Murawiec saw clearly that we are now in such an era. Within the Muslim world, “sizeable groups and schools of thought” view the West as weakening, in decline, unwilling and maybe unable to defend itself. They further believe that Muslims have a religious obligation to exploit this opportunity to expand “the writ and word of Allah.”
“Modern jihad,” as Murawiec called it, “erupted in full force with the Islamic Revolution in Iran in 1979 in both the Shiite and the Sunni world.” Thousands of jihadist attacks have followed ?over the years since.
After giving the order to kill bin Laden, Obama was not alone in assuming that “the tide of war” would recede. In fact, however, jihadists of the Sunni variety are now fighting on more battlefields than ever, and the Shiite rulers of the Islamic Republic of Iran, with their eyes on future jihad, have spent an estimated $100 billion to develop a nuclear weapons capability. If they achieve it, our grandchildren will live in a very different world. (It’s amazing how many ?people still don’t grasp that.)
In “Jihad in Islamic History: Doctrines and Practice,” Michael Bonner, a professor at the University of Michigan, points out that the literal translation of jihad is “striving,” though almost always intended in the “specific sense of fighting for the sake of God (whatever we understand that to mean).” To be sure: Many millions of Muslims do not believe that, in the 21st century, God is commanding them to behead infidels and strap bomb vests on their sons and daughters. The self-proclaimed jihadists, however, regard such moderate Muslims as apostates and traitors ?who deserve death as much as any “infidel.”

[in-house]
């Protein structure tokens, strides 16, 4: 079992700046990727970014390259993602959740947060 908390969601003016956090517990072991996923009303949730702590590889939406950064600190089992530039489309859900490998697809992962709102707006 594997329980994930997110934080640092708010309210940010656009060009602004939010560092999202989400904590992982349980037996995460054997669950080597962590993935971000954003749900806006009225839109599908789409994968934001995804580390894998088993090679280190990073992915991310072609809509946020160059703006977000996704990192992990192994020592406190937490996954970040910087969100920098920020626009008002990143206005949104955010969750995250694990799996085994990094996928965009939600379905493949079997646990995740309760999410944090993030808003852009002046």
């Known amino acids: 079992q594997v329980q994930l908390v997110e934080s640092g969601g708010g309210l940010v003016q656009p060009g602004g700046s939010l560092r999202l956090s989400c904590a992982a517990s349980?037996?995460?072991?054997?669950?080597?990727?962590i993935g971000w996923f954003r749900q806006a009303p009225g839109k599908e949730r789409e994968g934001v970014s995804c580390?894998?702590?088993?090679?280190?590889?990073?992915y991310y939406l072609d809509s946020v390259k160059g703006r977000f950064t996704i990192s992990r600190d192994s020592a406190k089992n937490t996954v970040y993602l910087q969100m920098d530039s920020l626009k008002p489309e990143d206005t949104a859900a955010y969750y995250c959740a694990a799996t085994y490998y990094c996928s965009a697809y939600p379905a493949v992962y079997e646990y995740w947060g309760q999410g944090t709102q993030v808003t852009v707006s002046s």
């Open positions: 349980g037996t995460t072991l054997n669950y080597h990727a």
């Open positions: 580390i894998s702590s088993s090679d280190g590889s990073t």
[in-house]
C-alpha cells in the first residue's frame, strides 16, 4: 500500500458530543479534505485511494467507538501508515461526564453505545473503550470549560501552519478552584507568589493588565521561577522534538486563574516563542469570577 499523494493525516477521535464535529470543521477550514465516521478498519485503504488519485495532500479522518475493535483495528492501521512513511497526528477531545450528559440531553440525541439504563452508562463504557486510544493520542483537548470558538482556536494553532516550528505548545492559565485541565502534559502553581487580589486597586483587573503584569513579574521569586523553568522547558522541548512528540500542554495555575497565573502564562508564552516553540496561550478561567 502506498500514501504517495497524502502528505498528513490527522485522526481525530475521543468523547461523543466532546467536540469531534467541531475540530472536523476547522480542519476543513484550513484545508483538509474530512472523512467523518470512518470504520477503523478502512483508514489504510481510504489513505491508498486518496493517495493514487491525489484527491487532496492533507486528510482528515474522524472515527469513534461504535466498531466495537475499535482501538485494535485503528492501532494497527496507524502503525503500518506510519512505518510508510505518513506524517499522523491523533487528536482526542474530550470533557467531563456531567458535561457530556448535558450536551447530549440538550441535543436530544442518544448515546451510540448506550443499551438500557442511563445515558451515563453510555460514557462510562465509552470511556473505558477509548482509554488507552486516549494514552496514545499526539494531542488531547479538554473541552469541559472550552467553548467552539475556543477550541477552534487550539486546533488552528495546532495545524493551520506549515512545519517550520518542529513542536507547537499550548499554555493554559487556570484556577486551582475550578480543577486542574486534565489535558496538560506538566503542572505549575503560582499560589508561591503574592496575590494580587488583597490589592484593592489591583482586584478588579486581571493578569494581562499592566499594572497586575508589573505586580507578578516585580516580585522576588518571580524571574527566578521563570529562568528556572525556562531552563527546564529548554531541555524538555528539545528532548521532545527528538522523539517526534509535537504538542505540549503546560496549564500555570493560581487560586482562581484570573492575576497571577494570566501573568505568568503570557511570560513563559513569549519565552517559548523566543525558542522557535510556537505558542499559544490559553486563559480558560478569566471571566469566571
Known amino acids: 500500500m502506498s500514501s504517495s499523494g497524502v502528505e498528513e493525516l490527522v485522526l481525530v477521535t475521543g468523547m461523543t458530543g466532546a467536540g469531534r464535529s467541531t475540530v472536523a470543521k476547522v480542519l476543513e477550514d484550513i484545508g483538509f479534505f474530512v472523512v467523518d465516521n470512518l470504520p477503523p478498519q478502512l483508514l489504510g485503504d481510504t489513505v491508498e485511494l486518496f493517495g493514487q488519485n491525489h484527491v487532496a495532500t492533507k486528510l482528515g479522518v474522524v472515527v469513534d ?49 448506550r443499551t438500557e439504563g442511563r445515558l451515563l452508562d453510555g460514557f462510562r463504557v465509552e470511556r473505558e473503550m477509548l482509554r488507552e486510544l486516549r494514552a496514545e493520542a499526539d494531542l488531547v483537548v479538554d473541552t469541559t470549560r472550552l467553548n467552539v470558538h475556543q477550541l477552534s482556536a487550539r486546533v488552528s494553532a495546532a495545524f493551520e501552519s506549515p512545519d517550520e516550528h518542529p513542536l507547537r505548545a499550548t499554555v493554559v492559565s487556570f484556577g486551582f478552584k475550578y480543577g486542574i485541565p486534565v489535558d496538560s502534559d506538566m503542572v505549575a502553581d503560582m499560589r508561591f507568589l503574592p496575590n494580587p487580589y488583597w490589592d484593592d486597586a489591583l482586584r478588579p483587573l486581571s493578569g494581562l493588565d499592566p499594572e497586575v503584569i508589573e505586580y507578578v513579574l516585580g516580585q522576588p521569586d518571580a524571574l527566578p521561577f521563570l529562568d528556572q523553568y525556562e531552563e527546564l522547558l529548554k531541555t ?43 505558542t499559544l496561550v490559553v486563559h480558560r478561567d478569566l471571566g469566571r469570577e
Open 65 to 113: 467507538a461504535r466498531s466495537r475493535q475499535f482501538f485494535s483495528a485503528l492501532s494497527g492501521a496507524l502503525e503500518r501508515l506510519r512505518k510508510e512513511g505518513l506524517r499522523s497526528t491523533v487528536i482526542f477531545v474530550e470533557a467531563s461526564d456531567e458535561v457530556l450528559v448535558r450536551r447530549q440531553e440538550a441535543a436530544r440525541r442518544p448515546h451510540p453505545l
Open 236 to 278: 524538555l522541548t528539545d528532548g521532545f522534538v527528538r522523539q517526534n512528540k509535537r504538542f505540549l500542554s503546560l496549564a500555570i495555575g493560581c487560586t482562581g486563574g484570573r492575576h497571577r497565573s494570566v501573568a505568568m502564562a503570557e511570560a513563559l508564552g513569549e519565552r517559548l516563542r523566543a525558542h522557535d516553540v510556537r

Does all this imply that the violence must continue until one side or the other is vanquished? Not quite. Bernard Lewis, perhaps the greatest that living scholar of Islam, noted in his 1998 book, “The Multiple Identities of the Middle East,” that while Shariah, Islamic law, imposes “a perpetual state of jihad” on all lands not ruled by Muslims, the conflict can be “interrupted by truces as and when appropriate.”
In practice, this means that jihadists may accept a hudna, a temporary armistice, anytime they feel outgunned. But a permanent peace with infidels, followed by sincere rapprochement, is out of the question.
Jihadists also reject the Western construct of a world order based primarily on national rather than religious allegiance. In the Middle East in particular, as Efraim Karsh pointed out in his 2006 “Islamic Imperialism: A History,” the nation-state system “has been under sustained assault ?since its formation in the wake of World War I” which is when the last Islamic caliphate, the Ottoman Empire, collapsed. Its core became Turkey, a secular democracy now sliding toward Islamism. Its provinces came under the control of European empires before becoming independent nations.
Among them: Syria and Iraq, where today the full force of modern jihad is on barbaric display. Extinguishing these fires, or even just containing them, won’t be easy. Toys alone will not ?suffice.
Clifford D. May is president of the Foundation for Defense of Democracies, a policy institute focusing on national security, and a foreign affairs columnist for The Washington Times.